Crude oil prices continued their climb on Friday, poised for a weekly gain of more than 6% as Saudi Arabia took decisive action to voluntarily—and singlehandedly—curb production by an additional million dollars per barrel in hopes of stabilizing the oil markets.
WTI closed out last week at $48.52 per barrel. This week, WTI crude is up 1.38% on the day at $51.55 per barrel—a gain of $3 or more than 6% since last Friday.
Brent crude closed out last week at $51.80 per barrel. This week, Brent is up 1.80% on the day at $55.36 per barrel—a gain of more than $3.50 on the week or nearly 7% since last Friday.
Typically, these OPEC shockers, while meaningful, fail to bolster prices for more than a day, particularly given the striking demand destruction courtesy of the pandemic and the associated lockdowns and travel restrictions. But Saudi Arabia, desperate for Saudi Aramco’s revenues, went beyond what the market had anticipated.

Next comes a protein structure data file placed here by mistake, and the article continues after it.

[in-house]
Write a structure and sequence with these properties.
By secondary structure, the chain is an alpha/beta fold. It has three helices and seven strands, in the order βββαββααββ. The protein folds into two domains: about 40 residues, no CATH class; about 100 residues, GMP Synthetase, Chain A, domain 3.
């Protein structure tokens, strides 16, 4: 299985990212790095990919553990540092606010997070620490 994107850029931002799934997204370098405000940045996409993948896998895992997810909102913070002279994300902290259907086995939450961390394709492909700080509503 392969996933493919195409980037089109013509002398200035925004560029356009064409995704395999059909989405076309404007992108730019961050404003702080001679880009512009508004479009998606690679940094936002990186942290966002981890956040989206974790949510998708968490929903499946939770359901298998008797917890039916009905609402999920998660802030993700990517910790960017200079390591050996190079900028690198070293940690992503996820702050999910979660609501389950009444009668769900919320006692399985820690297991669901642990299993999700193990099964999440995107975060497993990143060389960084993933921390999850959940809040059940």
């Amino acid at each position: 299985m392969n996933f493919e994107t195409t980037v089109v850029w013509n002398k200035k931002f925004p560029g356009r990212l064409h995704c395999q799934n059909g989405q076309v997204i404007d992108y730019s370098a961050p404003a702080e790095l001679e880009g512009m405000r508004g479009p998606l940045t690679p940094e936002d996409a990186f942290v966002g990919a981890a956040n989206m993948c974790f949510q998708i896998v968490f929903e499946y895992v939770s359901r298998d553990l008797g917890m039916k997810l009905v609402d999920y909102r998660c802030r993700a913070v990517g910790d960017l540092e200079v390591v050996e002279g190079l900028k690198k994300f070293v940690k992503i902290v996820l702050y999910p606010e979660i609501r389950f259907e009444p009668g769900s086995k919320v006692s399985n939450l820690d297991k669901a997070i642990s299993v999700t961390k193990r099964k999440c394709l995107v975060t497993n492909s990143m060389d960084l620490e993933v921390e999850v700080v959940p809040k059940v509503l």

In addition to Saudi Arabia’s extra production cuts, U.S. Democrats gained an advantage in the Senate this week after a hard-fought race in Georgia gave two more seats to their party. This shift of power likely means, according to analysts, that President Donald Trump’s call for $2,000 stimulus payments—as opposed to the $600 that is currently being issued—will become a reality, and soon. The hope is that this round of stimulus payments will increase activity and therefore, increase oil demand.
Meanwhile, the vaccine rollout continues to have some effect on oil prices, but the rollout is slower than many had estimated, and it is unlikely that the vaccine will have any meaningful effect on oil demand until the third or fourth quarter of this year.
By Julianne Geiger for Oilprice.com
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